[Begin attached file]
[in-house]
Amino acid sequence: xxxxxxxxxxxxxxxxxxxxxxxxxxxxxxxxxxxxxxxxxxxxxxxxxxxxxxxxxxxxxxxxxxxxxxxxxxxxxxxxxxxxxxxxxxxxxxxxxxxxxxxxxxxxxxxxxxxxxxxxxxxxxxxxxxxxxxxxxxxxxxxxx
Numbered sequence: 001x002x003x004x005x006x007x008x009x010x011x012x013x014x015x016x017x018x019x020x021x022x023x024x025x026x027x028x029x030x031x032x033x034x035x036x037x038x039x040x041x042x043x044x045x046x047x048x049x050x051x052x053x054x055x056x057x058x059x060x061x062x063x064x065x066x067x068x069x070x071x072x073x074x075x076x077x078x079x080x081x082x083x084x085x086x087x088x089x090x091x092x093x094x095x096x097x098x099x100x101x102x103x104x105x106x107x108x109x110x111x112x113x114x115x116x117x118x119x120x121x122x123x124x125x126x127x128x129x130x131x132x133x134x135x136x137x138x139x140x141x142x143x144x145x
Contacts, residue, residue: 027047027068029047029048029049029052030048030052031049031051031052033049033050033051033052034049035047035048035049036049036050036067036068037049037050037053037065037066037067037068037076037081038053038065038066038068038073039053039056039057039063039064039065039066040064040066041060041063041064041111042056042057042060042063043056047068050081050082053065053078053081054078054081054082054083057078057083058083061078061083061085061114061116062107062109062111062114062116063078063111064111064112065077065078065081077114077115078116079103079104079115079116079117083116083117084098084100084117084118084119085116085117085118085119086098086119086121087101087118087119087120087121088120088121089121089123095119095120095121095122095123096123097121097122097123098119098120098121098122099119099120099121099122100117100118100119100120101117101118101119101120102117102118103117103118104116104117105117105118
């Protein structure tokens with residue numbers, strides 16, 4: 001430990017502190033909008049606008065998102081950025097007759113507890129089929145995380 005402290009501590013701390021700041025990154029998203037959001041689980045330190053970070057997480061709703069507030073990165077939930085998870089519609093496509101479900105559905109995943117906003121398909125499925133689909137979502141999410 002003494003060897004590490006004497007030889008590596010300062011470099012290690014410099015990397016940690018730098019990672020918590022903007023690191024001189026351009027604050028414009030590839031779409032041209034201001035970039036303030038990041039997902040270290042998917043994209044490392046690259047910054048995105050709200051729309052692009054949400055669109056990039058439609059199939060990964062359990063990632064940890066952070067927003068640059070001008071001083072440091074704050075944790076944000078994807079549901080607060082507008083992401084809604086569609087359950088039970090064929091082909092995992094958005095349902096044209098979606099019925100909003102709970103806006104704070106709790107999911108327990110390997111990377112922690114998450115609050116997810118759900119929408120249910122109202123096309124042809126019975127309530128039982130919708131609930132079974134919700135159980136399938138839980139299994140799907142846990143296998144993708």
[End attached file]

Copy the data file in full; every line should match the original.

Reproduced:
[in-house]
Amino acid sequence: xxxxxxxxxxxxxxxxxxxxxxxxxxxxxxxxxxxxxxxxxxxxxxxxxxxxxxxxxxxxxxxxxxxxxxxxxxxxxxxxxxxxxxxxxxxxxxxxxxxxxxxxxxxxxxxxxxxxxxxxxxxxxxxxxxxxxxxxxxxxxxxxx
Numbered sequence: 001x002x003x004x005x006x007x008x009x010x011x012x013x014x015x016x017x018x019x020x021x022x023x024x025x026x027x028x029x030x031x032x033x034x035x036x037x038x039x040x041x042x043x044x045x046x047x048x049x050x051x052x053x054x055x056x057x058x059x060x061x062x063x064x065x066x067x068x069x070x071x072x073x074x075x076x077x078x079x080x081x082x083x084x085x086x087x088x089x090x091x092x093x094x095x096x097x098x099x100x101x102x103x104x105x106x107x108x109x110x111x112x113x114x115x116x117x118x119x120x121x122x123x124x125x126x127x128x129x130x131x132x133x134x135x136x137x138x139x140x141x142x143x144x145x
Contacts, residue, residue: 027047027068029047029048029049029052030048030052031049031051031052033049033050033051033052034049035047035048035049036049036050036067036068037049037050037053037065037066037067037068037076037081038053038065038066038068038073039053039056039057039063039064039065039066040064040066041060041063041064041111042056042057042060042063043056047068050081050082053065053078053081054078054081054082054083057078057083058083061078061083061085061114061116062107062109062111062114062116063078063111064111064112065077065078065081077114077115078116079103079104079115079116079117083116083117084098084100084117084118084119085116085117085118085119086098086119086121087101087118087119087120087121088120088121089121089123095119095120095121095122095123096123097121097122097123098119098120098121098122099119099120099121099122100117100118100119100120101117101118101119101120102117102118103117103118104116104117105117105118
């Protein structure tokens with residue numbers, strides 16, 4: 001430990017502190033909008049606008065998102081950025097007759113507890129089929145995380 005402290009501590013701390021700041025990154029998203037959001041689980045330190053970070057997480061709703069507030073990165077939930085998870089519609093496509101479900105559905109995943117906003121398909125499925133689909137979502141999410 002003494003060897004590490006004497007030889008590596010300062011470099012290690014410099015990397016940690018730098019990672020918590022903007023690191024001189026351009027604050028414009030590839031779409032041209034201001035970039036303030038990041039997902040270290042998917043994209044490392046690259047910054048995105050709200051729309052692009054949400055669109056990039058439609059199939060990964062359990063990632064940890066952070067927003068640059070001008071001083072440091074704050075944790076944000078994807079549901080607060082507008083992401084809604086569609087359950088039970090064929091082909092995992094958005095349902096044209098979606099019925100909003102709970103806006104704070106709790107999911108327990110390997111990377112922690114998450115609050116997810118759900119929408120249910122109202123096309124042809126019975127309530128039982130919708131609930132079974134919700135159980136399938138839980139299994140799907142846990143296998144993708």